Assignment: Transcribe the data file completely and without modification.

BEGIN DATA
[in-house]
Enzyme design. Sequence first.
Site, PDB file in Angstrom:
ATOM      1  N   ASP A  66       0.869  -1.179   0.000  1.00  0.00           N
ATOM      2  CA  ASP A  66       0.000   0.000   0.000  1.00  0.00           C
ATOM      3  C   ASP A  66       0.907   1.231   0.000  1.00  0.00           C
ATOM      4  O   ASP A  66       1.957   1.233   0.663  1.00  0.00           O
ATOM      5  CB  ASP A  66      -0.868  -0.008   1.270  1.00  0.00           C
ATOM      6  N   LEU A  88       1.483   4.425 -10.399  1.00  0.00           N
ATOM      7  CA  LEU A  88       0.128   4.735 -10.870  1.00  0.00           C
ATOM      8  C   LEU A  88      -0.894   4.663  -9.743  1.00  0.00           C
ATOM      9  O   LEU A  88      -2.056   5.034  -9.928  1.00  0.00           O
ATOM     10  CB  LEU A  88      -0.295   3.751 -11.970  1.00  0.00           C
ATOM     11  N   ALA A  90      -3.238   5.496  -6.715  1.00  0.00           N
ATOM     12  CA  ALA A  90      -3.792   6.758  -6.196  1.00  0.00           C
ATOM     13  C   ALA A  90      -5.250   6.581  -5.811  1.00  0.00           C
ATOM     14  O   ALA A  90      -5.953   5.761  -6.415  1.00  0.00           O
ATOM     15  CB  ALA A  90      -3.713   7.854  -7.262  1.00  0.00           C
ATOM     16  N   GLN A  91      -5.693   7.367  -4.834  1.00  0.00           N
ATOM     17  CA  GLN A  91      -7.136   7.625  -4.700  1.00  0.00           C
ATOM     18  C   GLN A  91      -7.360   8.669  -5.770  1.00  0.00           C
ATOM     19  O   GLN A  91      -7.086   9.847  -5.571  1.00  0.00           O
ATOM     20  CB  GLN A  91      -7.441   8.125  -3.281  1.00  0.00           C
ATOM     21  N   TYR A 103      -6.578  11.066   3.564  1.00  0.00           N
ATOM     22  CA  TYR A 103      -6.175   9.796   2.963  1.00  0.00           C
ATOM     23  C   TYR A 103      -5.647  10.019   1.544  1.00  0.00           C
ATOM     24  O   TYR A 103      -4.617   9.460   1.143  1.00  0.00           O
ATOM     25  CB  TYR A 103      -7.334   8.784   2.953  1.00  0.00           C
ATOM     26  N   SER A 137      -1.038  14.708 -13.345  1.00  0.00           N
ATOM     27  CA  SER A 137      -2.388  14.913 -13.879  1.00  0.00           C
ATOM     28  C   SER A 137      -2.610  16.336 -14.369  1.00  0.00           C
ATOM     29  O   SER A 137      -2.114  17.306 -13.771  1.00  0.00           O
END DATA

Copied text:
[in-house]
Enzyme design. Sequence first.
Site, PDB file in Angstrom:
ATOM      1  N   ASP A  66       0.869  -1.179   0.000  1.00  0.00           N
ATOM      2  CA  ASP A  66       0.000   0.000   0.000  1.00  0.00           C
ATOM      3  C   ASP A  66       0.907   1.231   0.000  1.00  0.00           C
ATOM      4  O   ASP A  66       1.957   1.233   0.663  1.00  0.00           O
ATOM      5  CB  ASP A  66      -0.868  -0.008   1.270  1.00  0.00           C
ATOM      6  N   LEU A  88       1.483   4.425 -10.399  1.00  0.00           N
ATOM      7  CA  LEU A  88       0.128   4.735 -10.870  1.00  0.00           C
ATOM      8  C   LEU A  88      -0.894   4.663  -9.743  1.00  0.00           C
ATOM      9  O   LEU A  88      -2.056   5.034  -9.928  1.00  0.00           O
ATOM     10  CB  LEU A  88      -0.295   3.751 -11.970  1.00  0.00           C
ATOM     11  N   ALA A  90      -3.238   5.496  -6.715  1.00  0.00           N
ATOM     12  CA  ALA A  90      -3.792   6.758  -6.196  1.00  0.00           C
ATOM     13  C   ALA A  90      -5.250   6.581  -5.811  1.00  0.00           C
ATOM     14  O   ALA A  90      -5.953   5.761  -6.415  1.00  0.00           O
ATOM     15  CB  ALA A  90      -3.713   7.854  -7.262  1.00  0.00           C
ATOM     16  N   GLN A  91      -5.693   7.367  -4.834  1.00  0.00           N
ATOM     17  CA  GLN A  91      -7.136   7.625  -4.700  1.00  0.00           C
ATOM     18  C   GLN A  91      -7.360   8.669  -5.770  1.00  0.00           C
ATOM     19  O   GLN A  91      -7.086   9.847  -5.571  1.00  0.00           O
ATOM     20  CB  GLN A  91      -7.441   8.125  -3.281  1.00  0.00           C
ATOM     21  N   TYR A 103      -6.578  11.066   3.564  1.00  0.00           N
ATOM     22  CA  TYR A 103      -6.175   9.796   2.963  1.00  0.00           C
ATOM     23  C   TYR A 103      -5.647  10.019   1.544  1.00  0.00           C
ATOM     24  O   TYR A 103      -4.617   9.460   1.143  1.00  0.00           O
ATOM     25  CB  TYR A 103      -7.334   8.784   2.953  1.00  0.00           C
ATOM     26  N   SER A 137      -1.038  14.708 -13.345  1.00  0.00           N
ATOM     27  CA  SER A 137      -2.388  14.913 -13.879  1.00  0.00           C
ATOM     28  C   SER A 137      -2.610  16.336 -14.369  1.00  0.00           C
ATOM     29  O   SER A 137      -2.114  17.306 -13.771  1.00  0.00           O